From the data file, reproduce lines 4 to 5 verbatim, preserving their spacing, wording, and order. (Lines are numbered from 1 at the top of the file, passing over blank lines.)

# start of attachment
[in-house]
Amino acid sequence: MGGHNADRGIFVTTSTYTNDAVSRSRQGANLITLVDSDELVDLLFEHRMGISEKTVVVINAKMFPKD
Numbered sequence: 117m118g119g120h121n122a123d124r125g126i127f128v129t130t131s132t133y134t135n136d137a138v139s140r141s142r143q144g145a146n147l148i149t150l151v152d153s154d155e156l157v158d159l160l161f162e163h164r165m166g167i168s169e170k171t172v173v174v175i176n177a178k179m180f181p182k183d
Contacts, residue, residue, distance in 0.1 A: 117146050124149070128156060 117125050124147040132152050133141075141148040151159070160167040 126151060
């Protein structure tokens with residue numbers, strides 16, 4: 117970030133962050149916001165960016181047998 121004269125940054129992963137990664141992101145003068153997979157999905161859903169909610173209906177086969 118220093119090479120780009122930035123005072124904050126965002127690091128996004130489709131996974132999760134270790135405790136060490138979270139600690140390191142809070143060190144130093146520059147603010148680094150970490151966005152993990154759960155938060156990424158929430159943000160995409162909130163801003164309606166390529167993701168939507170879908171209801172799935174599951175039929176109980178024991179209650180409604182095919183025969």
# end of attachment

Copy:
Contacts, residue, residue, distance in 0.1 A: 117146050124149070128156060 117125050124147040132152050133141075141148040151159070160167040 126151060
């Protein structure tokens with residue numbers, strides 16, 4: 117970030133962050149916001165960016181047998 121004269125940054129992963137990664141992101145003068153997979157999905161859903169909610173209906177086969 118220093119090479120780009122930035123005072124904050126965002127690091128996004130489709131996974132999760134270790135405790136060490138979270139600690140390191142809070143060190144130093146520059147603010148680094150970490151966005152993990154759960155938060156990424158929430159943000160995409162909130163801003164309606166390529167993701168939507170879908171209801172799935174599951175039929176109980178024991179209650180409604182095919183025969």